Autonomous Vehicle Hopes Hinge on Crash Avoidance Technology
Kirkpatrick said this common belief in taking a multiple-technology approach to collision avoidance renders the whole technology debate moot, at least for now. “That’s why when you see Elon Musk talking about lidar and crapping all over it, it’s important to understand we are not going to see autonomous vehicle systems, whether you’re talking about cars or trucks or buses, rely on a single system for crash avoidance,” he said. “It just doesn’t make any sense because each technology has specific strengths and limitations.”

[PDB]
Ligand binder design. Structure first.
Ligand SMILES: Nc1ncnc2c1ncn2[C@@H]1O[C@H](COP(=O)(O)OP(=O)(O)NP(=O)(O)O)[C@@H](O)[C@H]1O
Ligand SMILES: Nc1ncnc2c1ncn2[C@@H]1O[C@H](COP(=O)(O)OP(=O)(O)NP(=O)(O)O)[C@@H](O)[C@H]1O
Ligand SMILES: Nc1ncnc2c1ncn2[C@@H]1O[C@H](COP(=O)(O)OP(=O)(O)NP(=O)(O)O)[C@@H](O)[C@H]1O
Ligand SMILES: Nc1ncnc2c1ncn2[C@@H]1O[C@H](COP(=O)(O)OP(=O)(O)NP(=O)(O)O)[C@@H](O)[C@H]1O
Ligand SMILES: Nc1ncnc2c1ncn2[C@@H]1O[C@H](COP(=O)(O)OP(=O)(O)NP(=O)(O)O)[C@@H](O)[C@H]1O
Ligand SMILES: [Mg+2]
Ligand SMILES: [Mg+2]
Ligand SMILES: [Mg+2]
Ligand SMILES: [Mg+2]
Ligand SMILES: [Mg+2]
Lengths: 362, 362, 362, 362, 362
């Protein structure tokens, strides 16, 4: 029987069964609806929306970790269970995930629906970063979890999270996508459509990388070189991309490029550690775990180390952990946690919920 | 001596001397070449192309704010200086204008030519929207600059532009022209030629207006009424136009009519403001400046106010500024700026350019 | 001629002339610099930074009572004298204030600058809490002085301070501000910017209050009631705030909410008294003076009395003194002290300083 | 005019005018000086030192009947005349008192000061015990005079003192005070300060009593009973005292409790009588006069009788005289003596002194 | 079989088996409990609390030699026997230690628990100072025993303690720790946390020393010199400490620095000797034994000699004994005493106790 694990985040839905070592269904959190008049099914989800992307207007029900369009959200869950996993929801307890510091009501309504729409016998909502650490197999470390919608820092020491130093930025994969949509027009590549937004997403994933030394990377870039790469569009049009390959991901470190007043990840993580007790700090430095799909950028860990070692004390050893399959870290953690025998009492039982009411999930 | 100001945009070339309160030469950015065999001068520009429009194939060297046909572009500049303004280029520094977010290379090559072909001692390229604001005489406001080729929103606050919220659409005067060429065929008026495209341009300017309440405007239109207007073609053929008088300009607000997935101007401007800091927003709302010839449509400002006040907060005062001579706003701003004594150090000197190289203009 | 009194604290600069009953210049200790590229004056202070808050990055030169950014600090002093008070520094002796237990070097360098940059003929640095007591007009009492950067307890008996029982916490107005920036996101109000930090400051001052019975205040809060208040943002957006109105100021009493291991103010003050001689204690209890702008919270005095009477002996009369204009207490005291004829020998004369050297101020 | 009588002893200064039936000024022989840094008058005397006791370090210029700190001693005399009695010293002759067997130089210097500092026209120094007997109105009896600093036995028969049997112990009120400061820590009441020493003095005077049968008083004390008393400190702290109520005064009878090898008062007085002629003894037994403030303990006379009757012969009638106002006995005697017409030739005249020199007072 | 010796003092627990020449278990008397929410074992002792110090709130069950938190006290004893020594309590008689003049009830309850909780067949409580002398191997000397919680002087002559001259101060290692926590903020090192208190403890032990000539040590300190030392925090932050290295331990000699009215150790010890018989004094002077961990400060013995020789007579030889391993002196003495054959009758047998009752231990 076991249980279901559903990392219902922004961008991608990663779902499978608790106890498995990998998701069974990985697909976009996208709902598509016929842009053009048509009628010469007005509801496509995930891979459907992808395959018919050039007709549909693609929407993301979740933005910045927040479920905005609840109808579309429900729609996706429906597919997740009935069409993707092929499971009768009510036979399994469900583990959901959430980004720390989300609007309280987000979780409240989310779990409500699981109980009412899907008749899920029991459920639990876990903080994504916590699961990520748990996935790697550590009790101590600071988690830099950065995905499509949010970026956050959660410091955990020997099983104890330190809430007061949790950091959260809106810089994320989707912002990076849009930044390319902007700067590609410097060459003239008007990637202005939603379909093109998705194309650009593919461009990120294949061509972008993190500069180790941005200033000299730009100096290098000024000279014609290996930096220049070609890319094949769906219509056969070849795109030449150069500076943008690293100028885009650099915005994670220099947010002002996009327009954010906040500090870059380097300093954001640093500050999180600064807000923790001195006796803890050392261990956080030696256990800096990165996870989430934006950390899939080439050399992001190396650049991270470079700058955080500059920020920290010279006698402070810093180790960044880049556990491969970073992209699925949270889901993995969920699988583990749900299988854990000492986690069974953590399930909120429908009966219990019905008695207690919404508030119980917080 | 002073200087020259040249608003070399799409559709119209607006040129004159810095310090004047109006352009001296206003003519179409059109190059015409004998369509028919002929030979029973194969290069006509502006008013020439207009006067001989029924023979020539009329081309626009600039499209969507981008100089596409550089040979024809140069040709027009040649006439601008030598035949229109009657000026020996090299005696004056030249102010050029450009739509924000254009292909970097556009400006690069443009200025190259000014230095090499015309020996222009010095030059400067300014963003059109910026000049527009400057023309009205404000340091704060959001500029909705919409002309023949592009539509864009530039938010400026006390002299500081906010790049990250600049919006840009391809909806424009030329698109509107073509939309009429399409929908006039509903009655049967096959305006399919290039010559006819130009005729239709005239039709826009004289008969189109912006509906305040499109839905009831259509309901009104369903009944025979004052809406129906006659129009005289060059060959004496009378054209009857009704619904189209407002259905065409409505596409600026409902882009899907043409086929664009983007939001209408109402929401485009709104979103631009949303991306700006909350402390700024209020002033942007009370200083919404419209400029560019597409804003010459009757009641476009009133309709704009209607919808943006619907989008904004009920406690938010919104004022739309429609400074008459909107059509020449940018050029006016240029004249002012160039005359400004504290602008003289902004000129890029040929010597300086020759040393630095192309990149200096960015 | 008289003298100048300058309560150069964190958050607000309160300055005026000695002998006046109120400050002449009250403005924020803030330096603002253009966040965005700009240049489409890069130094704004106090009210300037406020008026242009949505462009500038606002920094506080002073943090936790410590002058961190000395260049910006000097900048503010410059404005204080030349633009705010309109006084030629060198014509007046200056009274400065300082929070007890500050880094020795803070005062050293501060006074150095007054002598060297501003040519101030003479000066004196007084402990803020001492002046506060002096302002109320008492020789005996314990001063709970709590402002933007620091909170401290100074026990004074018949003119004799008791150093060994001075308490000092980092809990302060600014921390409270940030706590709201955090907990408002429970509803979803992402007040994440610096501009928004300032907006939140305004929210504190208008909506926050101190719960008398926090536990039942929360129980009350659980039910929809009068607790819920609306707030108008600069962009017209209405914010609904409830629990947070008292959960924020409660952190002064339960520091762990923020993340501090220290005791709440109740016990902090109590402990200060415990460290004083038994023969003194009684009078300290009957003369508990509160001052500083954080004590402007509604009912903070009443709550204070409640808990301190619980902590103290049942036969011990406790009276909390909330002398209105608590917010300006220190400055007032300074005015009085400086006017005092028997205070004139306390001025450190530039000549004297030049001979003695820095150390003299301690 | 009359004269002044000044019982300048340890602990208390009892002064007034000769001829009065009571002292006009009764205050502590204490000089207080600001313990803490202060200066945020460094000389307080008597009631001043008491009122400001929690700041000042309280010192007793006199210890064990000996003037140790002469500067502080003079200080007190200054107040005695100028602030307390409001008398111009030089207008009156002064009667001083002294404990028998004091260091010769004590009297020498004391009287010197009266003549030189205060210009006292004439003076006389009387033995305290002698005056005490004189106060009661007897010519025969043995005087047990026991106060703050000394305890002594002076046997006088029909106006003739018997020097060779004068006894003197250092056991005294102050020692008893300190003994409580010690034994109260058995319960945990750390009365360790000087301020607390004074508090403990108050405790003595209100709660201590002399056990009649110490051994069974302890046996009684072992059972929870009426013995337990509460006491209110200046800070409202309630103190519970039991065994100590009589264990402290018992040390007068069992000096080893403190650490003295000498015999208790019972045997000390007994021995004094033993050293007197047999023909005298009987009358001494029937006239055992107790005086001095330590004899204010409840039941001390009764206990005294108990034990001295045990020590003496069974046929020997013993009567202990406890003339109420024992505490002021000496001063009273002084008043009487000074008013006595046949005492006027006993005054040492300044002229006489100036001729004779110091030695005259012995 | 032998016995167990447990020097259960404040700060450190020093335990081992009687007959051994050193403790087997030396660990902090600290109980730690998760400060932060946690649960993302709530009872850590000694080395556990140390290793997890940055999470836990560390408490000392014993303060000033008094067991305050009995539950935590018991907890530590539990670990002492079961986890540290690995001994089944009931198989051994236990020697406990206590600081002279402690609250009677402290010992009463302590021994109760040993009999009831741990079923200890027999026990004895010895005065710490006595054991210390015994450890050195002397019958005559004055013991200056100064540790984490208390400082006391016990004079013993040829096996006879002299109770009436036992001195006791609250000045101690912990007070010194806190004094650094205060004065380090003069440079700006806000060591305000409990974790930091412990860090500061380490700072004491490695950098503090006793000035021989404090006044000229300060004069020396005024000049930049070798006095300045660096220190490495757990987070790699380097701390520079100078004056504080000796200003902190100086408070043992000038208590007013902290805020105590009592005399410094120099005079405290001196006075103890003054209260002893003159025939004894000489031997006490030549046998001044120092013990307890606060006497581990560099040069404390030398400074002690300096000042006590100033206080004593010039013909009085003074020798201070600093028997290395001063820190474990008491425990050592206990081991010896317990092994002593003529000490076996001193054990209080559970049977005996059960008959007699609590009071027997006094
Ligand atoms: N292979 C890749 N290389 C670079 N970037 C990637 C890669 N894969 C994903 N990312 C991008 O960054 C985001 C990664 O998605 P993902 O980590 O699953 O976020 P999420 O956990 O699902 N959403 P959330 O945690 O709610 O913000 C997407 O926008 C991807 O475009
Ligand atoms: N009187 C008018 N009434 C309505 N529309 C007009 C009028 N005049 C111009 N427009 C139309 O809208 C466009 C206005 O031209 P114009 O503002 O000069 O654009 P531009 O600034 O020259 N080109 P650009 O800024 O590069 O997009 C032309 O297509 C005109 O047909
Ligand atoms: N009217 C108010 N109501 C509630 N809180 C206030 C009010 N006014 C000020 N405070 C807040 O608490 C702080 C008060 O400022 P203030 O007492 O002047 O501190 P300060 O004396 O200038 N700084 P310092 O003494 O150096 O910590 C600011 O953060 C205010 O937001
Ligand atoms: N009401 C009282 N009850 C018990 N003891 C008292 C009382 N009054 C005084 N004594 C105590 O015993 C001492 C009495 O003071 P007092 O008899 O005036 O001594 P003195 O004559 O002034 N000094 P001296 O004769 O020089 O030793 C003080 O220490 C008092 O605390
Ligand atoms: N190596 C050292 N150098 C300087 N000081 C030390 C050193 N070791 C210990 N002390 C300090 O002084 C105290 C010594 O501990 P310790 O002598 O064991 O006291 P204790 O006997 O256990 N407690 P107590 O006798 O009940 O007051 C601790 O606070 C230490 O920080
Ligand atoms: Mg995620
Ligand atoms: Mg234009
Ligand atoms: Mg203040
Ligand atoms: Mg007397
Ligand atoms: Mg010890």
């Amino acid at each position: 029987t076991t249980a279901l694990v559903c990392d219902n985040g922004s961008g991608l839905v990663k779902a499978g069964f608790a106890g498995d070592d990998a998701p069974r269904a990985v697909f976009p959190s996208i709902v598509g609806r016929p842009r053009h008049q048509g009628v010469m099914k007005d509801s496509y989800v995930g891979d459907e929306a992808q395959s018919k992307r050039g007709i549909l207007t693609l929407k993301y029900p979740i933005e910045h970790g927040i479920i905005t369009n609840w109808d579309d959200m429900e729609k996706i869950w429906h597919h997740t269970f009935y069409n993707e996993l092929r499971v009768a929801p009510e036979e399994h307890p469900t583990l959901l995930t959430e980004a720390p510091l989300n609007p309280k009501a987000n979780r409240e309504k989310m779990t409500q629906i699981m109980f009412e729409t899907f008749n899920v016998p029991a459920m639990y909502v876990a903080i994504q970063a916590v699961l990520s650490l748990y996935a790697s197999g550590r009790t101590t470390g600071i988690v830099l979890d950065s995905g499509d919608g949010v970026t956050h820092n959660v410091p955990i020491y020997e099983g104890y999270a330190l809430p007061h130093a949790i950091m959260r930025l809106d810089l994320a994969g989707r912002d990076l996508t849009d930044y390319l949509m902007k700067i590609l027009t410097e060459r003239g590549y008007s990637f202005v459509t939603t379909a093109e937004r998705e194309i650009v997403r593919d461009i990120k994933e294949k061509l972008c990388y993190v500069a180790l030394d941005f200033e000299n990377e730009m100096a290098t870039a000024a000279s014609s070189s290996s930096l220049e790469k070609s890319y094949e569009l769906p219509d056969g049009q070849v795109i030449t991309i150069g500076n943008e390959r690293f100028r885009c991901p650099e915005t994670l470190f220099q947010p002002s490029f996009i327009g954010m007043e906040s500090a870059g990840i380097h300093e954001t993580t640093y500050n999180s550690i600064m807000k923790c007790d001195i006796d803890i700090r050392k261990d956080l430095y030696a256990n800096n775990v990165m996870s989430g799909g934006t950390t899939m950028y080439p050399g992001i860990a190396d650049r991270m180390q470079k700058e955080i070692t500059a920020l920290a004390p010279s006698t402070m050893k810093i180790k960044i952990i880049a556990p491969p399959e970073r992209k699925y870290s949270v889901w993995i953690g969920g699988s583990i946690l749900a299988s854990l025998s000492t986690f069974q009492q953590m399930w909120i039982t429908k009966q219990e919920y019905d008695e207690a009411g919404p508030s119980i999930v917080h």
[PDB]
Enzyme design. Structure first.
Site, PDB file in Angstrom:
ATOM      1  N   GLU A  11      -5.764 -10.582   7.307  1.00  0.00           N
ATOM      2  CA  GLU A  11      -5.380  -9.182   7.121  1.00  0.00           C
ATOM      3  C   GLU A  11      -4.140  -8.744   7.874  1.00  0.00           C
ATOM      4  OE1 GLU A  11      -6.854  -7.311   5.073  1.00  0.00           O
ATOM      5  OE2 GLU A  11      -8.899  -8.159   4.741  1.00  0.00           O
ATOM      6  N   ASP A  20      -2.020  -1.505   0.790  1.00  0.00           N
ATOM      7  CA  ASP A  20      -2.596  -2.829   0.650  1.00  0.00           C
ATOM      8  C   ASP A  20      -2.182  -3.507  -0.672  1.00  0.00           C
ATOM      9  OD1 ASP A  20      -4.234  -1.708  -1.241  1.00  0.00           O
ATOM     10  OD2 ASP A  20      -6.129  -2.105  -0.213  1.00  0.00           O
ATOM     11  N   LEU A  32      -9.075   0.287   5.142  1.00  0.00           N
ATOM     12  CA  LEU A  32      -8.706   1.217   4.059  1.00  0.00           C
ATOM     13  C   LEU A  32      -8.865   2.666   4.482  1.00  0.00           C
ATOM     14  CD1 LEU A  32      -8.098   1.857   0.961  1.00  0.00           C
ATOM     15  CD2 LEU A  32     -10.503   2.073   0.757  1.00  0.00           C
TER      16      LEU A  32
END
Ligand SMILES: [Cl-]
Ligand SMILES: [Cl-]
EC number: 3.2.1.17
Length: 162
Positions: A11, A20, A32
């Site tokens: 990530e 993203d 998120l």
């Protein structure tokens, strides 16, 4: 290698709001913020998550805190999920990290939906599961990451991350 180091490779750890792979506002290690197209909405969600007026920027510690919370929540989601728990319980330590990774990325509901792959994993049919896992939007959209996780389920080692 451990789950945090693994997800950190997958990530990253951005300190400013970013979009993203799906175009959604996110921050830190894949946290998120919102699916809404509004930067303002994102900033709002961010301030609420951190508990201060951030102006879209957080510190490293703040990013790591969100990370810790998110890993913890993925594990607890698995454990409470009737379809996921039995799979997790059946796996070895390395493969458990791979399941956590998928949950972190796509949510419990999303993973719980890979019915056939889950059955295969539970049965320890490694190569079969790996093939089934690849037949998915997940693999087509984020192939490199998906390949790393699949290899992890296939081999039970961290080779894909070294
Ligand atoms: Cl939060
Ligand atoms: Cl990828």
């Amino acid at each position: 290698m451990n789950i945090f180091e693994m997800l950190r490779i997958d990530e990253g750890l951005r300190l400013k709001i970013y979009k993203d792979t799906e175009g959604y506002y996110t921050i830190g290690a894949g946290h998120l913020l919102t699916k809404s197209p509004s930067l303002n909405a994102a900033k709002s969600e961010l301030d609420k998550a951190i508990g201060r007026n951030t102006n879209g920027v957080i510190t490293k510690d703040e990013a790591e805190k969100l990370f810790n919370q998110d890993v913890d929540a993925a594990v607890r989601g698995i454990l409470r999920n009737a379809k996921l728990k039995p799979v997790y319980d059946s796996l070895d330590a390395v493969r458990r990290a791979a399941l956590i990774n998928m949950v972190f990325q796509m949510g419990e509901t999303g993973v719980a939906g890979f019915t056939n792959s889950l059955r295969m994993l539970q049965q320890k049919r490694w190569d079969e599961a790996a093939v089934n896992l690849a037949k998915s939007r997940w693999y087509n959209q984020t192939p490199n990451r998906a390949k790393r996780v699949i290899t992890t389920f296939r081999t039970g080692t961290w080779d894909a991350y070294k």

The need for multiple crash avoidance schemes and robust computing architectures to handle large volumes and varieties of sensor data may raise other challenges for the autonomous driving sector. It could increase the number of sensors that need to be deployed on a vehicle, or require sensors capable of leveraging multiple technologies, either of which could add cost. Also, collecting and processing more data from different sources also could tax in-vehicle computing power, meaning that some processing — perhaps pertaining to vehicle functions that don’t require zero latency — could be off-loaded to nearby edge computing location outside the vehicle.
Given the critical importance of crash avoidance capabilities to the future success of autonomous driving, companies in the sector just may have to navigate their way around these obstacles.